The European Securities and Markets Authority (ESMA), the supervisory body for financial markets in the European Union, has issued a comprehensive report delving into the world of decentralized finance (DeFi) and its impact on the EU market. Released on October 11, this 22-page document takes a balanced look at the opportunities and challenges that DeFi presents.
On the positive side, the ESMA acknowledges the enticing prospects associated with DeFi. These include the potential for broader financial inclusion, the emergence of innovative financial products, and significant improvements in the speed, security, and cost-effectiveness of financial transactions.
However, the report also underscores what it terms “significant risks” inherent to the DeFi landscape. One of the primary concerns is liquidity risk, closely tied to the speculative and volatile nature of many cryptocurrencies. To illustrate, the ESMA compares the 30-day volatility of Bitcoin to the Euro Stoxx 50 index and finds that cryptocurrencies exhibit on average 3.6 to 4.7 times higher volatility than traditional stocks.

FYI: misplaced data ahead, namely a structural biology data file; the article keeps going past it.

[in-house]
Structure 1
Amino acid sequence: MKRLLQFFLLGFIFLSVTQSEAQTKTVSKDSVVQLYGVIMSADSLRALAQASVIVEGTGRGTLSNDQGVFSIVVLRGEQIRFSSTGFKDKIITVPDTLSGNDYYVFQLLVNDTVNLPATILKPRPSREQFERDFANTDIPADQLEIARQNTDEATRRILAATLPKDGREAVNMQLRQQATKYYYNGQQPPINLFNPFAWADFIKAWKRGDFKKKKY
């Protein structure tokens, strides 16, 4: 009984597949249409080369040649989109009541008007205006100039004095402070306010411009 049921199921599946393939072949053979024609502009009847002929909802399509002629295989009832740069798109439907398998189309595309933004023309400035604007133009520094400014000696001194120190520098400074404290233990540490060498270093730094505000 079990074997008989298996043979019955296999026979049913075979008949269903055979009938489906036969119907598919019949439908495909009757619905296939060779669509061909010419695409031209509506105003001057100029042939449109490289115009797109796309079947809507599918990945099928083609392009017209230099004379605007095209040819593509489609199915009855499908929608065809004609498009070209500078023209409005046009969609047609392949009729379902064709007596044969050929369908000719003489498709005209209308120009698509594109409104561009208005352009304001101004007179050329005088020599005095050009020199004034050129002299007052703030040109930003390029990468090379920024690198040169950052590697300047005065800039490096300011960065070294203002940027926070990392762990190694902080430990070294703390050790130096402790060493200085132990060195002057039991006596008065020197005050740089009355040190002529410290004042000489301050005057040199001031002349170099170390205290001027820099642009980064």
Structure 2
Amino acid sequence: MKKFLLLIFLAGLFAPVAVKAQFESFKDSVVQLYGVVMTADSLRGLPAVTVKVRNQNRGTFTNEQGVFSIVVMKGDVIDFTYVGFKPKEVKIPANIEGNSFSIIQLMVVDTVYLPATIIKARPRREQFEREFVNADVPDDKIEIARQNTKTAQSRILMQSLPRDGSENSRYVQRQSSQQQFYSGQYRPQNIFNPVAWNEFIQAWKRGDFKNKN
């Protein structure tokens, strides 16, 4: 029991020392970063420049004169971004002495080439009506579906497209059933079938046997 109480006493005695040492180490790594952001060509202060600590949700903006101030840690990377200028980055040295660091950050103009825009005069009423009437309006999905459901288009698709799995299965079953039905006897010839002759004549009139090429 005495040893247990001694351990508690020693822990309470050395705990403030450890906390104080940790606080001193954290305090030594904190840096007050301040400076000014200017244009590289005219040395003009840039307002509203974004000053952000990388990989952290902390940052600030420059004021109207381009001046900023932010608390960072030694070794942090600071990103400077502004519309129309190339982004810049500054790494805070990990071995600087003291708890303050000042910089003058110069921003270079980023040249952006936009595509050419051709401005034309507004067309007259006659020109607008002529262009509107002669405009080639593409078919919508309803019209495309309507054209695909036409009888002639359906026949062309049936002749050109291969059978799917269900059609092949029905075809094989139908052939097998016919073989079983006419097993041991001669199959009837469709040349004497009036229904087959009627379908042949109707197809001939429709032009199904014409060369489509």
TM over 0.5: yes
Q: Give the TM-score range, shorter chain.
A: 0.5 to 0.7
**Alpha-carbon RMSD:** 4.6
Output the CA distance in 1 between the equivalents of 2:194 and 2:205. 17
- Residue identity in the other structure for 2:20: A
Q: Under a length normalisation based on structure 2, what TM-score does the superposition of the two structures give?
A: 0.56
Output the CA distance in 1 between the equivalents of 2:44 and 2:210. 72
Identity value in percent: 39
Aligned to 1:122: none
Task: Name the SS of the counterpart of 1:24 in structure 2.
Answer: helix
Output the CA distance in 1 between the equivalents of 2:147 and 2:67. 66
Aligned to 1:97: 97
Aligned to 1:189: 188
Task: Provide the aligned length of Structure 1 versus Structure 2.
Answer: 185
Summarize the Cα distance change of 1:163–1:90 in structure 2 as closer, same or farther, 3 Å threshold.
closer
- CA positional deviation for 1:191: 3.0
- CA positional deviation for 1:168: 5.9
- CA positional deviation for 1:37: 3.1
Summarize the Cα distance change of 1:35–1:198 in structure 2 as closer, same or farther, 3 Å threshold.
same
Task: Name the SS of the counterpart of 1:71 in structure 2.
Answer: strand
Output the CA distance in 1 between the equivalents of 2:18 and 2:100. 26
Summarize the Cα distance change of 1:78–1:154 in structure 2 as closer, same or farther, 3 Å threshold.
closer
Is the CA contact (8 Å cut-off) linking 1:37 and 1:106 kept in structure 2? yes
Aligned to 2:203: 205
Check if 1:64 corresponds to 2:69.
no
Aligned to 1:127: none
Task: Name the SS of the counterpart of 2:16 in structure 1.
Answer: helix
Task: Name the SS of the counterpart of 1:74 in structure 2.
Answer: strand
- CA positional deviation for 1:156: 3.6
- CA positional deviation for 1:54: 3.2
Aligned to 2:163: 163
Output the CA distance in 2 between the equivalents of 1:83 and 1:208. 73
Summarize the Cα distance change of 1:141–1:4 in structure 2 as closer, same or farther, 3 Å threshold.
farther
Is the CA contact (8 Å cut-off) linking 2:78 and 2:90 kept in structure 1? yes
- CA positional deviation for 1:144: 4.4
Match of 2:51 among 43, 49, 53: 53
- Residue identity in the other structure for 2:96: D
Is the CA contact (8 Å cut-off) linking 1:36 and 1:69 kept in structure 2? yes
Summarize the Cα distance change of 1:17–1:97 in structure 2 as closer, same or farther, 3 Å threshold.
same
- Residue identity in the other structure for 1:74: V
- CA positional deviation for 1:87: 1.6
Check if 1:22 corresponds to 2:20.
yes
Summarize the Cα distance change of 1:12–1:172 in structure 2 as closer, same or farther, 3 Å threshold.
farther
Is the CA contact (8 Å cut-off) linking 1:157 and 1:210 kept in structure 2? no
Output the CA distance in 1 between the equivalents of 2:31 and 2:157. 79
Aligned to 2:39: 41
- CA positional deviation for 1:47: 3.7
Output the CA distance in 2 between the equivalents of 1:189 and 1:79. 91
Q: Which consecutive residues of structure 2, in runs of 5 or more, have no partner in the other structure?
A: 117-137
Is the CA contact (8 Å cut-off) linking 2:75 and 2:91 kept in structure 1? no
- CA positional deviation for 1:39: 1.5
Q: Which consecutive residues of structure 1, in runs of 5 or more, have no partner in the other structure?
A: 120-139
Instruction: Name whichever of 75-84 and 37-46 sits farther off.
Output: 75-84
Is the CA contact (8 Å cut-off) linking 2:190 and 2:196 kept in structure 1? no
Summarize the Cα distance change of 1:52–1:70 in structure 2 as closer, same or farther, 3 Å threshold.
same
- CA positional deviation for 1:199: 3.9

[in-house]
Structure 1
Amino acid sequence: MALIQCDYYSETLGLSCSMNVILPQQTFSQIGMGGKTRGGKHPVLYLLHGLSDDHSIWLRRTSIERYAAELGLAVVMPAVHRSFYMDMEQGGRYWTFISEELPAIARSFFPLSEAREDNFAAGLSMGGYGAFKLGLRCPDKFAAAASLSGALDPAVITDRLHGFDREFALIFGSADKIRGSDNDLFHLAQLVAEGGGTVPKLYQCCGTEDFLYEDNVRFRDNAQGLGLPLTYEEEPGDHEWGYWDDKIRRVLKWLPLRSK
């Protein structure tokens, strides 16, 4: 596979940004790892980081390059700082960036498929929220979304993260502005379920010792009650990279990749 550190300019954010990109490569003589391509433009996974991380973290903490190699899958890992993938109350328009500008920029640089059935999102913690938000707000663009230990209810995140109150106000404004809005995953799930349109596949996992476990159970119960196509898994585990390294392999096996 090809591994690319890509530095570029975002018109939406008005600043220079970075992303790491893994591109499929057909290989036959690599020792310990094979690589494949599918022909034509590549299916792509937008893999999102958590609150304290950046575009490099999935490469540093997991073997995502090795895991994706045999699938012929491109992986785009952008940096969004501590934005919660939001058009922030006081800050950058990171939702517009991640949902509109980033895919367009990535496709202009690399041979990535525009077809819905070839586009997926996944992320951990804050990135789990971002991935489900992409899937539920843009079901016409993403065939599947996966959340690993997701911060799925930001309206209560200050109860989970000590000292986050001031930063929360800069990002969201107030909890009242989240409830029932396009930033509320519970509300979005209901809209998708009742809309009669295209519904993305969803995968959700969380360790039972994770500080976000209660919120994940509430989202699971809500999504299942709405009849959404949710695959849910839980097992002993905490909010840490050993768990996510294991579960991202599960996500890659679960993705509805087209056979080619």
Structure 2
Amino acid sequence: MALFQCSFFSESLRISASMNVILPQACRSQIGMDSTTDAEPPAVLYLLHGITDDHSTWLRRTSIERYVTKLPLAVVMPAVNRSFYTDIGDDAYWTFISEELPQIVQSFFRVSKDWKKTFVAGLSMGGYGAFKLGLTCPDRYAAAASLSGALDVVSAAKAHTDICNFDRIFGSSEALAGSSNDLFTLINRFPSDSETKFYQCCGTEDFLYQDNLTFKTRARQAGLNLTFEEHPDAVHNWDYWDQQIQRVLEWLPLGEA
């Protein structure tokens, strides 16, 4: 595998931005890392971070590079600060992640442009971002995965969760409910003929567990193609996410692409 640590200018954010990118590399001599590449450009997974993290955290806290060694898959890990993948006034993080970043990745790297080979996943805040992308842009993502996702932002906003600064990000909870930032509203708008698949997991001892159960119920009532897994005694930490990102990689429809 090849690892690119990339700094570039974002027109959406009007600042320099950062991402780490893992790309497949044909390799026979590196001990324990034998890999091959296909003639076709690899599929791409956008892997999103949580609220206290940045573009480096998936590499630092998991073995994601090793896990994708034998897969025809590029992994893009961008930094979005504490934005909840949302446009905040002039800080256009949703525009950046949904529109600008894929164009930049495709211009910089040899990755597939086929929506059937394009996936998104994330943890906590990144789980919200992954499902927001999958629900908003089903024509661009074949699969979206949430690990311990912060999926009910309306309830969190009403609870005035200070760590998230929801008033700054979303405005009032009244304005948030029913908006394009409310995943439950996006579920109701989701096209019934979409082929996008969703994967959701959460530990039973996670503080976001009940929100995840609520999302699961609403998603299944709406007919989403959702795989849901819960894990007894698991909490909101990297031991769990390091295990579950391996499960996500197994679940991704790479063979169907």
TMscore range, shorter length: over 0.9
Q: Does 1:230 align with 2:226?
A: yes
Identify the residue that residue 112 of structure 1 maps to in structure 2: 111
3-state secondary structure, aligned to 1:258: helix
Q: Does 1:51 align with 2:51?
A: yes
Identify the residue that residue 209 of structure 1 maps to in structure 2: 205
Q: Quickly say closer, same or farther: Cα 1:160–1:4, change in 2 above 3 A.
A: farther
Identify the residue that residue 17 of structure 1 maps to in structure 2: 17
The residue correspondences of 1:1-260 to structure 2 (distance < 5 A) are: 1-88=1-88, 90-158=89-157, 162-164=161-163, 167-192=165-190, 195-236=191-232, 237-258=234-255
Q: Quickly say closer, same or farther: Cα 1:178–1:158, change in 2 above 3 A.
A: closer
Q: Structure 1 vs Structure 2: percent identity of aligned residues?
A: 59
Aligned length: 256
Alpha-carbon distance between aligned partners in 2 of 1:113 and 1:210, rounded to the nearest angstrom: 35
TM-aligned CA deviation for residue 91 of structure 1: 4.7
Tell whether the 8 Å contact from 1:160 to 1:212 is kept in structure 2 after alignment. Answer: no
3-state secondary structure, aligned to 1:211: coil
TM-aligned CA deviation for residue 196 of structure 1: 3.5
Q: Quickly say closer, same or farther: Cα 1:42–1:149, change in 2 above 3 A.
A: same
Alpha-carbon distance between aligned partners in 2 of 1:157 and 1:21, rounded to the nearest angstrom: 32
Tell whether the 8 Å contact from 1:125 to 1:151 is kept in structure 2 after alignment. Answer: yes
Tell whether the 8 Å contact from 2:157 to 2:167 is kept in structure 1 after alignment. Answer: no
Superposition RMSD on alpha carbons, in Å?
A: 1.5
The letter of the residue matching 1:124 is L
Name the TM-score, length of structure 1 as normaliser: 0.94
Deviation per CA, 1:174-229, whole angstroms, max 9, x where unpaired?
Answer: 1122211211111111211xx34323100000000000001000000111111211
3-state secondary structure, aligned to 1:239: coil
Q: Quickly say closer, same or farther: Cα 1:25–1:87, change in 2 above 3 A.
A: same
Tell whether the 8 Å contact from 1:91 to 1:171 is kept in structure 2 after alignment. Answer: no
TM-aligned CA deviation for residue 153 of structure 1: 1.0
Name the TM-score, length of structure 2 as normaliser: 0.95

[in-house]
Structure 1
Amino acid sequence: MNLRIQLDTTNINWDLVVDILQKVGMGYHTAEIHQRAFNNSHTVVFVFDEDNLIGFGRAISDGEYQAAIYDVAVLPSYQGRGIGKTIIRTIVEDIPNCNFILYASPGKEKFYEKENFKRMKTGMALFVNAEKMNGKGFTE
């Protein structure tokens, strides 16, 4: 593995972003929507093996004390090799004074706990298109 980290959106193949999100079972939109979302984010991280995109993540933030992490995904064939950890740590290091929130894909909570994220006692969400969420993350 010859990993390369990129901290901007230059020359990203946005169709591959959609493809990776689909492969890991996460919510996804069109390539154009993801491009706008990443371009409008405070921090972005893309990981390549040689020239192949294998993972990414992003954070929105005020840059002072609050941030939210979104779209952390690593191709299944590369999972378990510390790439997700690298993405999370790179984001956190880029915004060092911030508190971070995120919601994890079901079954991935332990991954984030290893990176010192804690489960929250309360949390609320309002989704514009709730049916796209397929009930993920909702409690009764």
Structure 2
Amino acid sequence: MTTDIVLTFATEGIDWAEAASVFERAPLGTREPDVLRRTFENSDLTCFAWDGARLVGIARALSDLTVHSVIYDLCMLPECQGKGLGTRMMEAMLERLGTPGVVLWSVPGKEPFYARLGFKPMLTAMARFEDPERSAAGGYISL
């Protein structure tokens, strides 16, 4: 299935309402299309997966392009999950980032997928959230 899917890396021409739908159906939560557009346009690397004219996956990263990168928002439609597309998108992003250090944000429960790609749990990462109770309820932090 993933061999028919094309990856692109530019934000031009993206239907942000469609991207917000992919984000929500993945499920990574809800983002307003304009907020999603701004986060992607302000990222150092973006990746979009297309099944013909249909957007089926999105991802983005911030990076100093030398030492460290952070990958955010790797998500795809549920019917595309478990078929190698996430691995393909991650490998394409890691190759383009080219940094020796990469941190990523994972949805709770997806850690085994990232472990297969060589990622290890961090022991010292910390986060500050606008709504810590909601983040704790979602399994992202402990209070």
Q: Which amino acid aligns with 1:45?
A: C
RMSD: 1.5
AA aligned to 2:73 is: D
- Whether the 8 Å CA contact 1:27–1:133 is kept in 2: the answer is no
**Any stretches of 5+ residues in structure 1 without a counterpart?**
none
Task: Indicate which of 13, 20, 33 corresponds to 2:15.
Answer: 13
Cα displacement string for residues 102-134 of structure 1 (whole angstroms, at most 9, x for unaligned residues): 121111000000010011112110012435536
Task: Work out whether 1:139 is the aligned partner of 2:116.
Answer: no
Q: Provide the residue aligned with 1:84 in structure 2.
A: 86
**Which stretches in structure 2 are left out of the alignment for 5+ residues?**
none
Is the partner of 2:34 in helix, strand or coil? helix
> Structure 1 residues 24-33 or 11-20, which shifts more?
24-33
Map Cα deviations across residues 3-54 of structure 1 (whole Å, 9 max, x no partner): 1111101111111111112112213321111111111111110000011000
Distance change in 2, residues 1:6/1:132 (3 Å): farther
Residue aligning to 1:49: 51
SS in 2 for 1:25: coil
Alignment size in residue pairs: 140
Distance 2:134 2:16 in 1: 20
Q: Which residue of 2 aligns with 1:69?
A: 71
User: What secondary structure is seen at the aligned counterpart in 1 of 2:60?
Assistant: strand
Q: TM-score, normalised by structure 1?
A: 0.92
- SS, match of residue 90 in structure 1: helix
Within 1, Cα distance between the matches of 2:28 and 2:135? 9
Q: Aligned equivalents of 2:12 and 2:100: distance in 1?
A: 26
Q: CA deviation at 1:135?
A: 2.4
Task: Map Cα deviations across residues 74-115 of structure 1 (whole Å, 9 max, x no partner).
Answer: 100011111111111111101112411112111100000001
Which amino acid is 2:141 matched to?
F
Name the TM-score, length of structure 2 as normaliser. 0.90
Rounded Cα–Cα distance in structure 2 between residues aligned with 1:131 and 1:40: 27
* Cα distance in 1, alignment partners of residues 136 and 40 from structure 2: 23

The ESMA does not share the belief that DeFi entirely eliminates counterparty risk, even though, in theory, this risk should be lower or even non-existent due to the use of smart contracts and the concept of atomicity. Smart contracts, while powerful, are not infallible and can contain errors or vulnerabilities.
DeFi, by its very nature, is susceptible to fraudulent activities and illicit practices due to the absence of robust know-your-customer (KYC) protocols. Another crucial point of concern, as emphasized in the report, is the absence of a clearly identifiable responsible party and a recourse mechanism for users.
However, the report concludes that, at the present time, DeFi and the broader crypto sector do not pose “meaningful risks” to financial stability. This is attributed to their relatively modest size and limited interconnectedness with traditional financial markets.
It’s worth noting that the ESMA is closely monitoring developments in the crypto market and recently published its second consultative paper on Markets in Crypto-Assets (MiCA) regulations on October 5. In this 307-page document, the regulator proposes that crypto asset providers have the flexibility to store transaction data in a format of their choice, provided they can readily convert it into a specified format upon authorities’ request.